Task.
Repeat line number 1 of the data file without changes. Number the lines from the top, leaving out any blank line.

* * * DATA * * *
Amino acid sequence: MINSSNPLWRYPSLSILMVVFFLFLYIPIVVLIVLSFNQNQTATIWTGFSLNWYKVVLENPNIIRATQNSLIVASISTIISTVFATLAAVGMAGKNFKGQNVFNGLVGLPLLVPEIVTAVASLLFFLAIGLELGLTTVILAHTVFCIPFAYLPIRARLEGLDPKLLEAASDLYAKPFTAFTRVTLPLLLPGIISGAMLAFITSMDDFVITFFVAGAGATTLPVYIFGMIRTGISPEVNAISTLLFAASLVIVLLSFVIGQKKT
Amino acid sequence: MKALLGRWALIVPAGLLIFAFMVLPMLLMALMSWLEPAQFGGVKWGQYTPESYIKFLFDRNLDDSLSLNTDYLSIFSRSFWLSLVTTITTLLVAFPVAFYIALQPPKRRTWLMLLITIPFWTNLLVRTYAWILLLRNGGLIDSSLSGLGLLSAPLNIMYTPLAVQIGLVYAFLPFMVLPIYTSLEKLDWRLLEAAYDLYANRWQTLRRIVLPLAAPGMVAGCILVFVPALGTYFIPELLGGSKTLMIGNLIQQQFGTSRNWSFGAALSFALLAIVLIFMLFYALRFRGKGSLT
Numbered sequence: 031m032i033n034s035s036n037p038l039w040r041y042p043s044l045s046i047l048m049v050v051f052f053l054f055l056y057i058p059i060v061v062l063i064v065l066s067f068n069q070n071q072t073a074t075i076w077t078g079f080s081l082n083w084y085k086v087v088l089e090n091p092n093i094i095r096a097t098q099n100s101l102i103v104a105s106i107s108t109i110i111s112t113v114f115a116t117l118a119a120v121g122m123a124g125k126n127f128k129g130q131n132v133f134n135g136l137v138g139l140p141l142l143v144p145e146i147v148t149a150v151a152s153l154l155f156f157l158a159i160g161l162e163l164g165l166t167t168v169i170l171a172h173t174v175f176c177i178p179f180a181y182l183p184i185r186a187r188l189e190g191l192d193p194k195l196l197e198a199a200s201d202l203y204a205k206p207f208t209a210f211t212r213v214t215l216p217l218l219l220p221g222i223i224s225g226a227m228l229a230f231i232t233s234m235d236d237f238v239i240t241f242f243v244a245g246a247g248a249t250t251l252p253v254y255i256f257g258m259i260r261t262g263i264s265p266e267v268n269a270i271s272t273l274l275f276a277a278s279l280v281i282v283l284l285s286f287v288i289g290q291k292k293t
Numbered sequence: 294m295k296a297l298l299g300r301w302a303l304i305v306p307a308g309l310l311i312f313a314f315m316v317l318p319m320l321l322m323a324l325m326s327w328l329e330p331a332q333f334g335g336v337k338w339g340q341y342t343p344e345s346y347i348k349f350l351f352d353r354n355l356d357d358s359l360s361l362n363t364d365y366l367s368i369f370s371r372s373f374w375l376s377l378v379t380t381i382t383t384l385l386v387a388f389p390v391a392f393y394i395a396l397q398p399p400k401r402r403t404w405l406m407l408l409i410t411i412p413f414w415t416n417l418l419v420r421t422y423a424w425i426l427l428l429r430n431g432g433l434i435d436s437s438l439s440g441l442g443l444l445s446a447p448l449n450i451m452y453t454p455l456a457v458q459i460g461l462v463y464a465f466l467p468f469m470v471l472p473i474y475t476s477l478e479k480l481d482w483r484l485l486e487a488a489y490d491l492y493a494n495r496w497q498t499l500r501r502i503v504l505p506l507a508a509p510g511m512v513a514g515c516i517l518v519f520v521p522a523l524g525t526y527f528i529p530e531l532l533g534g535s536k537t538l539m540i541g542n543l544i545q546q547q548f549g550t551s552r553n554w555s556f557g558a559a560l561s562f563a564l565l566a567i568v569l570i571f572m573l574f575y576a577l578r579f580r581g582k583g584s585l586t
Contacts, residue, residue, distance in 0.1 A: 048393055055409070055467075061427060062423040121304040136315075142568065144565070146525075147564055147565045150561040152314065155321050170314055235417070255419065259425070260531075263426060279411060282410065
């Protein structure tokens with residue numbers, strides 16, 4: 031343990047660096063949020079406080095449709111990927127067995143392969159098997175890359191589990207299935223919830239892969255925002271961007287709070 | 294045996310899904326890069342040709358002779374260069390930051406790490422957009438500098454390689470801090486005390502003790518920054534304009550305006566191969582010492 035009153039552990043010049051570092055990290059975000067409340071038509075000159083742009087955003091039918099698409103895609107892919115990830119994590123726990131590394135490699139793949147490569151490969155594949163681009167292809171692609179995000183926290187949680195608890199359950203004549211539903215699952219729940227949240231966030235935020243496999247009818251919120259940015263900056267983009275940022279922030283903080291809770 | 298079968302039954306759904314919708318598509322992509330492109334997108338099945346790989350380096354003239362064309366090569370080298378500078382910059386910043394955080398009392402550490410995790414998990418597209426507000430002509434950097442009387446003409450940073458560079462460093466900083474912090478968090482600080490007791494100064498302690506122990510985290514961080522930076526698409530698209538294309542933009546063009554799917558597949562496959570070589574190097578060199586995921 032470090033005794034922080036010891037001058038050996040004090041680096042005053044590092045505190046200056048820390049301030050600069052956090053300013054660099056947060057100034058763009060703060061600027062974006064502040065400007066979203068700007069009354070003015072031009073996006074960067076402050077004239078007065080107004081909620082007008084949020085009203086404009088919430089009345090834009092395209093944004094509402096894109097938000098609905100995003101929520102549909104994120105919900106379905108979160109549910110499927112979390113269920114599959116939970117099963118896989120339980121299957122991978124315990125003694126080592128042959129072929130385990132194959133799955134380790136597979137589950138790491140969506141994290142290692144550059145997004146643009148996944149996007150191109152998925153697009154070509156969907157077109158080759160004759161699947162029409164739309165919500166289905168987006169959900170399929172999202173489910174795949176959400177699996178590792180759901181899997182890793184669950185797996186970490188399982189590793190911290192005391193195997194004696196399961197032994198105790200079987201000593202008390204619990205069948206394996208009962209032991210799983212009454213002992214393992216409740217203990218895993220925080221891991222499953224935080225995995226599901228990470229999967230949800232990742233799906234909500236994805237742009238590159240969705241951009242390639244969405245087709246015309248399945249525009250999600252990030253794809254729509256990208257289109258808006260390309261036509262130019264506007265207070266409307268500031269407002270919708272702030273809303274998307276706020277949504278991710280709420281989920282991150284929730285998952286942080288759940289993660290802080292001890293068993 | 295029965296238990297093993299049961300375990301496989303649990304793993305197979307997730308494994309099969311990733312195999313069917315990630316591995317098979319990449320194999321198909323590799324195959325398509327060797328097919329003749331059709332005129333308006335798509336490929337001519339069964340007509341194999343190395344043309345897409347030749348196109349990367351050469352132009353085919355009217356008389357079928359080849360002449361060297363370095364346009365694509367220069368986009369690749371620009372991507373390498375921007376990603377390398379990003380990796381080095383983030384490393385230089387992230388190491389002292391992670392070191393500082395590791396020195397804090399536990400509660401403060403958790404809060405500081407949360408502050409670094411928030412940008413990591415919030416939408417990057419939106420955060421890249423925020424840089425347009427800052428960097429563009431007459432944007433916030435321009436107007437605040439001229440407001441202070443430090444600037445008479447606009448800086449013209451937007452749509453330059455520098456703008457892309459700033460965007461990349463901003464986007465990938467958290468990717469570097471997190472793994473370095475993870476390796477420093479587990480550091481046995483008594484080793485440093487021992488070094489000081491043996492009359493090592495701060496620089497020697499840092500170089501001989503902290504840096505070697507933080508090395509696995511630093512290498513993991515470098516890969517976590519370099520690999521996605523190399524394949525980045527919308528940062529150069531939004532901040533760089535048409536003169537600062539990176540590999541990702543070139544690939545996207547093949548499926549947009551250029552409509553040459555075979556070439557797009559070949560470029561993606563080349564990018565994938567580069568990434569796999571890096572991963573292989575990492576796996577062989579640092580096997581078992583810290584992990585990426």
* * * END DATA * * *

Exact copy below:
Amino acid sequence: MINSSNPLWRYPSLSILMVVFFLFLYIPIVVLIVLSFNQNQTATIWTGFSLNWYKVVLENPNIIRATQNSLIVASISTIISTVFATLAAVGMAGKNFKGQNVFNGLVGLPLLVPEIVTAVASLLFFLAIGLELGLTTVILAHTVFCIPFAYLPIRARLEGLDPKLLEAASDLYAKPFTAFTRVTLPLLLPGIISGAMLAFITSMDDFVITFFVAGAGATTLPVYIFGMIRTGISPEVNAISTLLFAASLVIVLLSFVIGQKKT